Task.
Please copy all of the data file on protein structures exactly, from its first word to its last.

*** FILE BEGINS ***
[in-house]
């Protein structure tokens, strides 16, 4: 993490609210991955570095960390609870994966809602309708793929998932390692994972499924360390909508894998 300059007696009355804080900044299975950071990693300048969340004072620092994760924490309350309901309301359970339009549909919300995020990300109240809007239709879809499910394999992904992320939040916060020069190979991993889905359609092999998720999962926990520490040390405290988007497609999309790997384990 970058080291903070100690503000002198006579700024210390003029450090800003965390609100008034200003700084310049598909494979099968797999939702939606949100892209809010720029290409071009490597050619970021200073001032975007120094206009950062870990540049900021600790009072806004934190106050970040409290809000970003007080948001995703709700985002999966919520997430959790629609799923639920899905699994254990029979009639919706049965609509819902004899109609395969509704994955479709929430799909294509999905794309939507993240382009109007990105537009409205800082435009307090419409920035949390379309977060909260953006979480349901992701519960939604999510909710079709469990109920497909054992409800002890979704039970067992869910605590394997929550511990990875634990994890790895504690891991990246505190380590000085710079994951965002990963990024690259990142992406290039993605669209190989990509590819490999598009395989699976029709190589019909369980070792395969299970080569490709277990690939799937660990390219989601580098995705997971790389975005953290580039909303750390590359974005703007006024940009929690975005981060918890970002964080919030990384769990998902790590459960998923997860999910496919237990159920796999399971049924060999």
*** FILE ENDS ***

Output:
[in-house]
């Protein structure tokens, strides 16, 4: 993490609210991955570095960390609870994966809602309708793929998932390692994972499924360390909508894998 300059007696009355804080900044299975950071990693300048969340004072620092994760924490309350309901309301359970339009549909919300995020990300109240809007239709879809499910394999992904992320939040916060020069190979991993889905359609092999998720999962926990520490040390405290988007497609999309790997384990 970058080291903070100690503000002198006579700024210390003029450090800003965390609100008034200003700084310049598909494979099968797999939702939606949100892209809010720029290409071009490597050619970021200073001032975007120094206009950062870990540049900021600790009072806004934190106050970040409290809000970003007080948001995703709700985002999966919520997430959790629609799923639920899905699994254990029979009639919706049965609509819902004899109609395969509704994955479709929430799909294509999905794309939507993240382009109007990105537009409205800082435009307090419409920035949390379309977060909260953006979480349901992701519960939604999510909710079709469990109920497909054992409800002890979704039970067992869910605590394997929550511990990875634990994890790895504690891991990246505190380590000085710079994951965002990963990024690259990142992406290039993605669209190989990509590819490999598009395989699976029709190589019909369980070792395969299970080569490709277990690939799937660990390219989601580098995705997971790389975005953290580039909303750390590359974005703007006024940009929690975005981060918890970002964080919030990384769990998902790590459960998923997860999910496919237990159920796999399971049924060999």